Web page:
If you are accustomed to using regular rollers and have no experience forming pincurls, you'll want to practice it a bit. And even if you don't have another person's head or a dummy head you can practice on, you can at least practice without heating the clamshells for a while. The tricky part is making sure you keep the curl coiled and that the ends don't escape until you apply the clamshell. I figured it out after just a few tries but I did need to play around to figure out the best finger hold and the right amount of tightness to roll the curl. Too loose and you can lose control of the curl, too tight and it's a bit difficult to remove the curl from the finger - that type of thing. Also I had to figure out how best to hold the curl while placing the clamshell on the curl. Although you won't burn yourself the same way you could on a curling iron (I've had blisters from accidentally touching my neck with one of those babies) I still think they're hot enough that you wouldn't want to accidentally clamp your finger with it.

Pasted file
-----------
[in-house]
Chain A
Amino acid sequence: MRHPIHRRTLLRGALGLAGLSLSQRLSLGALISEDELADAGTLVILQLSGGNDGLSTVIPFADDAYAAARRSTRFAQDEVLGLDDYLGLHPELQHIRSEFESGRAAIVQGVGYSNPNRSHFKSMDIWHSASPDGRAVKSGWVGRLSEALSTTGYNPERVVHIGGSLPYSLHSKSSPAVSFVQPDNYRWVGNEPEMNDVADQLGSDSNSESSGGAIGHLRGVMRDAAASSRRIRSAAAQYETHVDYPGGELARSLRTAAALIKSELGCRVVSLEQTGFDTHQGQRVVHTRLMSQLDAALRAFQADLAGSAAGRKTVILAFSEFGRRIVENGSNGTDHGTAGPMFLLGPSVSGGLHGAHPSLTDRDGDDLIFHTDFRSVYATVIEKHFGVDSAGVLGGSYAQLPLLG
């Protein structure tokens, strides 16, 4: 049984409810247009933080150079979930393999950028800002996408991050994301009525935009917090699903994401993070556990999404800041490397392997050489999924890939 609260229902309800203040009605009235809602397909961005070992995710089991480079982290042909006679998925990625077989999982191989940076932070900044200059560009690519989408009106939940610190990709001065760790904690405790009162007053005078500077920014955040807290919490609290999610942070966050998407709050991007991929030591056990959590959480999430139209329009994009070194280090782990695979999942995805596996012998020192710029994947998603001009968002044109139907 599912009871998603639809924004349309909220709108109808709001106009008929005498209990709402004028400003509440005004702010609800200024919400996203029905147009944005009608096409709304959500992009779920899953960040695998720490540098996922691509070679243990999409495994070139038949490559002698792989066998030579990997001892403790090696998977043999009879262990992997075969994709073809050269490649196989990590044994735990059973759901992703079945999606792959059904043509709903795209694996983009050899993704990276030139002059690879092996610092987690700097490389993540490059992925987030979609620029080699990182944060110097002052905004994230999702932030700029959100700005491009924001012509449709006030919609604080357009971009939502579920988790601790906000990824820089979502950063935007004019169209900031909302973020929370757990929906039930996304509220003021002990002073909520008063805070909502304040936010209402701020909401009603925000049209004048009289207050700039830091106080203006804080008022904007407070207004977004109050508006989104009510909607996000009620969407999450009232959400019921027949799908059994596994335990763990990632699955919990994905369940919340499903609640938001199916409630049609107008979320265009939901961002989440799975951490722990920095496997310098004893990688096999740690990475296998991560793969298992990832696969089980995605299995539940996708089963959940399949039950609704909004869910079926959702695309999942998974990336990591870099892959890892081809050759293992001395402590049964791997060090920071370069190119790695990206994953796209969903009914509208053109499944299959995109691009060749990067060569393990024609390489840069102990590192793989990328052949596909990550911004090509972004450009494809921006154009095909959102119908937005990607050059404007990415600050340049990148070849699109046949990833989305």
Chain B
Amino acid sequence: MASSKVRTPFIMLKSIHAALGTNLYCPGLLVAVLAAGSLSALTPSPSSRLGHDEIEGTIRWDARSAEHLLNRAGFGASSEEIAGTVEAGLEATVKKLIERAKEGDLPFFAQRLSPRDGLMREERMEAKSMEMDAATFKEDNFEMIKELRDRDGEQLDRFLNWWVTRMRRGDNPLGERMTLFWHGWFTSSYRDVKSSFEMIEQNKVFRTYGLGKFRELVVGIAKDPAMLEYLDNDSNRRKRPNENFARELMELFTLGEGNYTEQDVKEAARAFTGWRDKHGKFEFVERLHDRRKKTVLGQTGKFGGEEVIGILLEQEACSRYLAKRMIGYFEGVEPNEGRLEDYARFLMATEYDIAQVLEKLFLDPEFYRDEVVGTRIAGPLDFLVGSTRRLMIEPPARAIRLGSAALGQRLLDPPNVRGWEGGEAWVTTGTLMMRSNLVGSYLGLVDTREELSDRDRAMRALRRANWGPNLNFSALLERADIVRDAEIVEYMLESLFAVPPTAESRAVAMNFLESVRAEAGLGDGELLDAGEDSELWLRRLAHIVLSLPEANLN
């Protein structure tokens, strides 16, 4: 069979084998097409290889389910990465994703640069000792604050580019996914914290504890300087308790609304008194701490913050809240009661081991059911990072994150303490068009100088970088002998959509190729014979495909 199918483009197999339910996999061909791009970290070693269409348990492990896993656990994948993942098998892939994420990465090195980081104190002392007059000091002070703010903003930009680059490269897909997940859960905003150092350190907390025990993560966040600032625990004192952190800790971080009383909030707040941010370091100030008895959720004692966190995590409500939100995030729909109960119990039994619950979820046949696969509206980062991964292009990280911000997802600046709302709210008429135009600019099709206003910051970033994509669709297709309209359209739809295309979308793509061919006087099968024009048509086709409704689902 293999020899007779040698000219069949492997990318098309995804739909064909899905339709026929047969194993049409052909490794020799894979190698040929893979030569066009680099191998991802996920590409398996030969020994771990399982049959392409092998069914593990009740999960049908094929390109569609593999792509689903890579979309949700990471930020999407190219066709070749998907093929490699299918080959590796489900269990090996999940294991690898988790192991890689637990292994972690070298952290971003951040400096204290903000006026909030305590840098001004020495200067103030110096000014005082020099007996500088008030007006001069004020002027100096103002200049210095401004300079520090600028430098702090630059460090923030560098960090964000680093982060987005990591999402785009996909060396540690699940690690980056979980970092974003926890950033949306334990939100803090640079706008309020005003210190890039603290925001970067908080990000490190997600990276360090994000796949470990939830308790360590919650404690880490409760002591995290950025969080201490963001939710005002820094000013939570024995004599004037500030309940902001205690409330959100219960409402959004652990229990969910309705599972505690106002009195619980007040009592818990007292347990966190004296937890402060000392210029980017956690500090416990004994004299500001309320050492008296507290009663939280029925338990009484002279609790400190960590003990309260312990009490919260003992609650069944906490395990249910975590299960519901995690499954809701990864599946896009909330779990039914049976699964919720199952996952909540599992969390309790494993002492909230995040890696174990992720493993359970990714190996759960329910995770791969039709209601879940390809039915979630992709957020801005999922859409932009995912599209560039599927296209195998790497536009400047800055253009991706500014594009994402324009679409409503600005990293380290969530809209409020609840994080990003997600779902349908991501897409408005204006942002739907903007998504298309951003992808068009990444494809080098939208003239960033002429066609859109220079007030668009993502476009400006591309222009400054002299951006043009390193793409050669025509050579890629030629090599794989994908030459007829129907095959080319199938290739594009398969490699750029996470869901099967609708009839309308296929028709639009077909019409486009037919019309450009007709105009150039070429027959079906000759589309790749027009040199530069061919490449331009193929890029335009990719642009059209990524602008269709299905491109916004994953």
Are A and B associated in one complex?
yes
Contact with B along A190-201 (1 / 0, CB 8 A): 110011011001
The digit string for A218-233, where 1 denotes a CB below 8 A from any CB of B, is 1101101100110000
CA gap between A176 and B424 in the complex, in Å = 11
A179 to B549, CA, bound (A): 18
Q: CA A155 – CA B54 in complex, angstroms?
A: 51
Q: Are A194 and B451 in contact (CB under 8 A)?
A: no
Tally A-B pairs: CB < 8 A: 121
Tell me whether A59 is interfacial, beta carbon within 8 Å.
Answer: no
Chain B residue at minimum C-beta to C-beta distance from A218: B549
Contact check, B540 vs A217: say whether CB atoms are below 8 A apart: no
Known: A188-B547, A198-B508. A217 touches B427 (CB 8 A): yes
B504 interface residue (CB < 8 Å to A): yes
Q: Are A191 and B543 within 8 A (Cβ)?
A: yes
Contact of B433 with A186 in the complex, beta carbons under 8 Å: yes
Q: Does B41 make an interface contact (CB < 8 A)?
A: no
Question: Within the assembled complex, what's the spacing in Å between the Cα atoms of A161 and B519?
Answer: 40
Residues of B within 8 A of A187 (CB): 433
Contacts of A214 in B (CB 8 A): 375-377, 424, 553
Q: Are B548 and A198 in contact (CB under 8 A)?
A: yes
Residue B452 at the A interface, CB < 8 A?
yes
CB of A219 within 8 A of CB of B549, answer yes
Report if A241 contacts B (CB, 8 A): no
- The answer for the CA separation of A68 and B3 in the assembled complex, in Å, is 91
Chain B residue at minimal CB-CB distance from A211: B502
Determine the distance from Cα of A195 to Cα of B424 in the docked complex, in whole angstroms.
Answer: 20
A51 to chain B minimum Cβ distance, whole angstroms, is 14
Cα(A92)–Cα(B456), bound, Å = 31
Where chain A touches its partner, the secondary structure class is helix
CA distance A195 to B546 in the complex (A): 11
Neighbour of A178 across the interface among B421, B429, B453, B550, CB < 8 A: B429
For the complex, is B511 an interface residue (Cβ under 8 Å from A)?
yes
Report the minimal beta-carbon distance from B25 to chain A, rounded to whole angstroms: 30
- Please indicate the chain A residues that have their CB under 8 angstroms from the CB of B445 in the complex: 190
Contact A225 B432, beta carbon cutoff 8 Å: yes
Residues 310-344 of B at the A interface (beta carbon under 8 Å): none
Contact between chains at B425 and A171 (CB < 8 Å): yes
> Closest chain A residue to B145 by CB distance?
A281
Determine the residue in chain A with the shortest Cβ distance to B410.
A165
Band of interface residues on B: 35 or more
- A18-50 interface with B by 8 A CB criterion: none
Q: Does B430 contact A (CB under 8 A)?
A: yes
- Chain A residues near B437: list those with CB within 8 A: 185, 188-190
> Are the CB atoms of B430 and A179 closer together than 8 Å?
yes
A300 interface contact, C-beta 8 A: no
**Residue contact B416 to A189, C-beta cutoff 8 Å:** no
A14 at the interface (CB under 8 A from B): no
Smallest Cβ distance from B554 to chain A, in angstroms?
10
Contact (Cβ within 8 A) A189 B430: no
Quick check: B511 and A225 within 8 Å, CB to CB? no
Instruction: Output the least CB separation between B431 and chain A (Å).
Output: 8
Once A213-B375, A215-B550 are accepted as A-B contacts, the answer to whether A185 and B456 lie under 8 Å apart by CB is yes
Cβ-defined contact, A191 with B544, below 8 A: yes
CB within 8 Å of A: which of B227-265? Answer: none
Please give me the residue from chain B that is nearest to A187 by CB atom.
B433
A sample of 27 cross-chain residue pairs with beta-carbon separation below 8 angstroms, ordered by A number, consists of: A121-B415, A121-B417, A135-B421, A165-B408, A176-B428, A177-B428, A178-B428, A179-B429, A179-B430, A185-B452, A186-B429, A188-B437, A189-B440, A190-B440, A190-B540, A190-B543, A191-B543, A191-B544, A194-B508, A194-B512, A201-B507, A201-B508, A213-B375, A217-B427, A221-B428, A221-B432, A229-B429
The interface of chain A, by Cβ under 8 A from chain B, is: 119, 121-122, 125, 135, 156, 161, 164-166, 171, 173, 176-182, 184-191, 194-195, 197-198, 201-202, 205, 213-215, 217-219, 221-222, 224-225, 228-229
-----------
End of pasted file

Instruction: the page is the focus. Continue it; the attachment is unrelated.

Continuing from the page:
Heat damage. The claim is that this product doesn't cause damage from heat styling. All of you who have long term relationships with your hair (meaning super long lengths) knows that all heat styling causes damage, just as brushing, combing, washing or otherwise manipulating the hair. So technically, I would not agree that this styler causes no damage. However, when compared to other forms of heat styling I would say that it is one of the lesser damaging forms of heat styling. I don't believe it is nearly as damaging as most curling irons or flat-irons. It may be less damaging than most heated rollers as well, in fact, I would bet on that. The reason being, with a regular roller the heat is always concentrated on the hair that is closest to the hot roller. You have to build up a lot of heat in that roller in order for it to stay hot long enough for the heat to permeate all the hair on that roller. So the roots don't get any real heat at all while the ends get super heated again and again and again. And we all know the ends are the oldest, most frail sections of the hair. The clamp sandwiches the entire curl, with the heat concentrated on each side of the curl. The ceramic gets about as hot as most hot rollers but because the ceramic plate/cup isn't terribly thick and the section of hair isn't terribly thick, the heat permeates the entire curl quickly and the clamp cools more quickly as well. You only need to leave these in for about 1/2 the time you would leave in a heated roller for the same effect because they do cool more quickly. So as with all heat styling, you still need to be judicious in how often you use it depending on your own hair type, how long you want to grow your hair and how fragile you hair is but I think it is among the least damaging of all heat styling products out there. I certainly would have no issue using this on my hair for special occasions or quick styling.